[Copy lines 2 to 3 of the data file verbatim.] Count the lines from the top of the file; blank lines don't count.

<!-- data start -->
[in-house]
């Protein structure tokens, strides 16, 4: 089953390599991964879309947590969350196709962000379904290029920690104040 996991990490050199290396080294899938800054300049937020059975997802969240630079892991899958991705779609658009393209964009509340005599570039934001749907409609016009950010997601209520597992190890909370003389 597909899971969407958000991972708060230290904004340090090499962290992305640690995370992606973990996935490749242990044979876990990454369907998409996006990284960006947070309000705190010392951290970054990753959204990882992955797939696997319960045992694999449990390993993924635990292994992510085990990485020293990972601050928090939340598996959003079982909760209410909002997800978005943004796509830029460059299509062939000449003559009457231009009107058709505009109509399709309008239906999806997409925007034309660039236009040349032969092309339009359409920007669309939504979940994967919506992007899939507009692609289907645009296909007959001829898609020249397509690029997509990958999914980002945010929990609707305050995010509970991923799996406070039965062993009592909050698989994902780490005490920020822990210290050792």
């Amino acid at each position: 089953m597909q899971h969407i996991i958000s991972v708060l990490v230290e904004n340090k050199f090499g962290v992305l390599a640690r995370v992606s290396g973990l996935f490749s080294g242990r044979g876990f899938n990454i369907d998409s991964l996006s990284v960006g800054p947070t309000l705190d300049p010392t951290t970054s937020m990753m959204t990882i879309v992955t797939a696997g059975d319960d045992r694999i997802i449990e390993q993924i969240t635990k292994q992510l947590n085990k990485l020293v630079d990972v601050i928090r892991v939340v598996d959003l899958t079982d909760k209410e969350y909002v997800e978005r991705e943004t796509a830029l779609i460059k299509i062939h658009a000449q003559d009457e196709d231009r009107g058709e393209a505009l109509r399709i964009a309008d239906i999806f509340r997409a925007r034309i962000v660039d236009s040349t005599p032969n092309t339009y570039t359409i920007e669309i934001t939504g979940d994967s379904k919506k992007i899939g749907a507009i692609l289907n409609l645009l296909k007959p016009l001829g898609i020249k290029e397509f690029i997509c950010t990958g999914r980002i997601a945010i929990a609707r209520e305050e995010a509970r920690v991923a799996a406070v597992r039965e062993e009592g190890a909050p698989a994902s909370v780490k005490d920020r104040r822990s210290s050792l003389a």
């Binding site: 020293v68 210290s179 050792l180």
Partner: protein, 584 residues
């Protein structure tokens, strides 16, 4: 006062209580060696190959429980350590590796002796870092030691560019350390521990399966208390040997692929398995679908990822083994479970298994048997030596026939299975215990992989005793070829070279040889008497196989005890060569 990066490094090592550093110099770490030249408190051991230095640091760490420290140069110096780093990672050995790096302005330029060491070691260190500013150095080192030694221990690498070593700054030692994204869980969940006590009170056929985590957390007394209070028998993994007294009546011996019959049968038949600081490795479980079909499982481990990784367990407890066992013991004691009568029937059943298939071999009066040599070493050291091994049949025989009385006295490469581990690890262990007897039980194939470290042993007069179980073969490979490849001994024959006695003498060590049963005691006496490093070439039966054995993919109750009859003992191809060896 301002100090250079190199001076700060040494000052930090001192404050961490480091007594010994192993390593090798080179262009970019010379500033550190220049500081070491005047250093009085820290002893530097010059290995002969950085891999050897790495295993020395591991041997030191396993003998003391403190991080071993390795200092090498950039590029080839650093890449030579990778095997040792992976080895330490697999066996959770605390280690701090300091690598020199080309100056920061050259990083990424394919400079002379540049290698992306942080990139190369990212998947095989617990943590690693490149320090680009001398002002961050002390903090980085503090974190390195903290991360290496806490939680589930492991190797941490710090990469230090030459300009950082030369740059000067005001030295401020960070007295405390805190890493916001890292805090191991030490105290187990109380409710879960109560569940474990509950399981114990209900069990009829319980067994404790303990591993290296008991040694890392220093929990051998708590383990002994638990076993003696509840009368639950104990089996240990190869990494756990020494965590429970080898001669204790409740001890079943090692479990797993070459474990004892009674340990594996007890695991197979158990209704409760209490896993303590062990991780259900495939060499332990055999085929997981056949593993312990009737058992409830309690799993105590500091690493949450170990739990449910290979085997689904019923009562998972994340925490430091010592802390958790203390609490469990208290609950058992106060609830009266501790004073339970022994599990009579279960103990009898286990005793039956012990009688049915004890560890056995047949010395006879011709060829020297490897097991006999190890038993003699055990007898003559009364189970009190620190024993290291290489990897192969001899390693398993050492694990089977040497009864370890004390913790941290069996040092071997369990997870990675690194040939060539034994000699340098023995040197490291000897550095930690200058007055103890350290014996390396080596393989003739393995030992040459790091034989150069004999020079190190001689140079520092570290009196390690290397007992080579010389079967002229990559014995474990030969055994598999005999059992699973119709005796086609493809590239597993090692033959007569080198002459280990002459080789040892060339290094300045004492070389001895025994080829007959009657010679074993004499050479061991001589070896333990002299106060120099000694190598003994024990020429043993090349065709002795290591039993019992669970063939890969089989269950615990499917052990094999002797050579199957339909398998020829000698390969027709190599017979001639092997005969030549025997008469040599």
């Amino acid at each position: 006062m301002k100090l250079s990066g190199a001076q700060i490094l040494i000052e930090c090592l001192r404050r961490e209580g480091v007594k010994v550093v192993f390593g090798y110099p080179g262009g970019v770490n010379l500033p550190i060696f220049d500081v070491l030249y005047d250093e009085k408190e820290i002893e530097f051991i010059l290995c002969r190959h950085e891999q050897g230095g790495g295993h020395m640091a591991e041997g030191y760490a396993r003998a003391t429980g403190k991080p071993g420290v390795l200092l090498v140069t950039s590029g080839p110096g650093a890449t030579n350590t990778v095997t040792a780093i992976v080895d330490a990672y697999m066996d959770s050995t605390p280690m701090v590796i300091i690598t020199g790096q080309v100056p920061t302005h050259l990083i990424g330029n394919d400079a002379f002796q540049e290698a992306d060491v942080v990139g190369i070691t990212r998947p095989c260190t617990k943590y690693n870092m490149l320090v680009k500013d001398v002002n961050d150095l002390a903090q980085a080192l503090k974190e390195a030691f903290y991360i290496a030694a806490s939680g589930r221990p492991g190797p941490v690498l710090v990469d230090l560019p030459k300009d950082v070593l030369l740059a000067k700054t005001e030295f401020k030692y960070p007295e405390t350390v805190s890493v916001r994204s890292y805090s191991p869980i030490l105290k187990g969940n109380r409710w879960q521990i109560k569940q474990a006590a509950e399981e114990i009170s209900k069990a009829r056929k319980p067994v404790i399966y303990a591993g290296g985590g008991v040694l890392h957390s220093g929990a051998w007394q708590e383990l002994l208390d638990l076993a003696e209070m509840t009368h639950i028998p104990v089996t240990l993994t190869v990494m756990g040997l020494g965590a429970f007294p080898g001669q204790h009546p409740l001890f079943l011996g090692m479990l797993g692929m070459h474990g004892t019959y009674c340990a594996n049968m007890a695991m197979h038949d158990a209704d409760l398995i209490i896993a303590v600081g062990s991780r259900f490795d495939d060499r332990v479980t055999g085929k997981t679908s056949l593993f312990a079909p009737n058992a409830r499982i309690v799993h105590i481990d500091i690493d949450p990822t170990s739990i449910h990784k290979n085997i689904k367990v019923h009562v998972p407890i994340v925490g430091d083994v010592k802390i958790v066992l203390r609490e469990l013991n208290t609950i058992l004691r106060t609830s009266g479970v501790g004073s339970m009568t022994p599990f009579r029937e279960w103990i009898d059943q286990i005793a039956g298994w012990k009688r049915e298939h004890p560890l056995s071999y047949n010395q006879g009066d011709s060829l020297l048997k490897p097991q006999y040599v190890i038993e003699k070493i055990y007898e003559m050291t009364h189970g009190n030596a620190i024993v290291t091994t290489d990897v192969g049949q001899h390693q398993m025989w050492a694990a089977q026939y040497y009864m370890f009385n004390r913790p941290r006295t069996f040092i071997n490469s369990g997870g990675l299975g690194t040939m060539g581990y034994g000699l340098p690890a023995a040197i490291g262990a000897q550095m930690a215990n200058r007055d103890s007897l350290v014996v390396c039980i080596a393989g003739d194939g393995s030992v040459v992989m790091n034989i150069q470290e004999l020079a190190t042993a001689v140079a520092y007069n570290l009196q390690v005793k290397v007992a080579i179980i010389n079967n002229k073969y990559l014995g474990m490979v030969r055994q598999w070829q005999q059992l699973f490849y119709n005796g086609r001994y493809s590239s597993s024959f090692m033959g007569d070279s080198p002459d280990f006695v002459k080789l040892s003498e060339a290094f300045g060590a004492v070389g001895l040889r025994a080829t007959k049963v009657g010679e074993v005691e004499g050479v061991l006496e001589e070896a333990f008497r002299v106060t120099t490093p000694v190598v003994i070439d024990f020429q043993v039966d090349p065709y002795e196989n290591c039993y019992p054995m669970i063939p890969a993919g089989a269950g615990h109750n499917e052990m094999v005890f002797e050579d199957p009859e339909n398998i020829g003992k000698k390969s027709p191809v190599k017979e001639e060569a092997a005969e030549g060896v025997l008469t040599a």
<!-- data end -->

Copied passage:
């Protein structure tokens, strides 16, 4: 089953390599991964879309947590969350196709962000379904290029920690104040 996991990490050199290396080294899938800054300049937020059975997802969240630079892991899958991705779609658009393209964009509340005599570039934001749907409609016009950010997601209520597992190890909370003389 597909899971969407958000991972708060230290904004340090090499962290992305640690995370992606973990996935490749242990044979876990990454369907998409996006990284960006947070309000705190010392951290970054990753959204990882992955797939696997319960045992694999449990390993993924635990292994992510085990990485020293990972601050928090939340598996959003079982909760209410909002997800978005943004796509830029460059299509062939000449003559009457231009009107058709505009109509399709309008239906999806997409925007034309660039236009040349032969092309339009359409920007669309939504979940994967919506992007899939507009692609289907645009296909007959001829898609020249397509690029997509990958999914980002945010929990609707305050995010509970991923799996406070039965062993009592909050698989994902780490005490920020822990210290050792």
């Amino acid at each position: 089953m597909q899971h969407i996991i958000s991972v708060l990490v230290e904004n340090k050199f090499g962290v992305l390599a640690r995370v992606s290396g973990l996935f490749s080294g242990r044979g876990f899938n990454i369907d998409s991964l996006s990284v960006g800054p947070t309000l705190d300049p010392t951290t970054s937020m990753m959204t990882i879309v992955t797939a696997g059975d319960d045992r694999i997802i449990e390993q993924i969240t635990k292994q992510l947590n085990k990485l020293v630079d990972v601050i928090r892991v939340v598996d959003l899958t079982d909760k209410e969350y909002v997800e978005r991705e943004t796509a830029l779609i460059k299509i062939h658009a000449q003559d009457e196709d231009r009107g058709e393209a505009l109509r399709i964009a309008d239906i999806f509340r997409a925007r034309i962000v660039d236009s040349t005599p032969n092309t339009y570039t359409i920007e669309i934001t939504g979940d994967s379904k919506k992007i899939g749907a507009i692609l289907n409609l645009l296909k007959p016009l001829g898609i020249k290029e397509f690029i997509c950010t990958g999914r980002i997601a945010i929990a609707r209520e305050e995010a509970r920690v991923a799996a406070v597992r039965e062993e009592g190890a909050p698989a994902s909370v780490k005490d920020r104040r822990s210290s050792l003389a």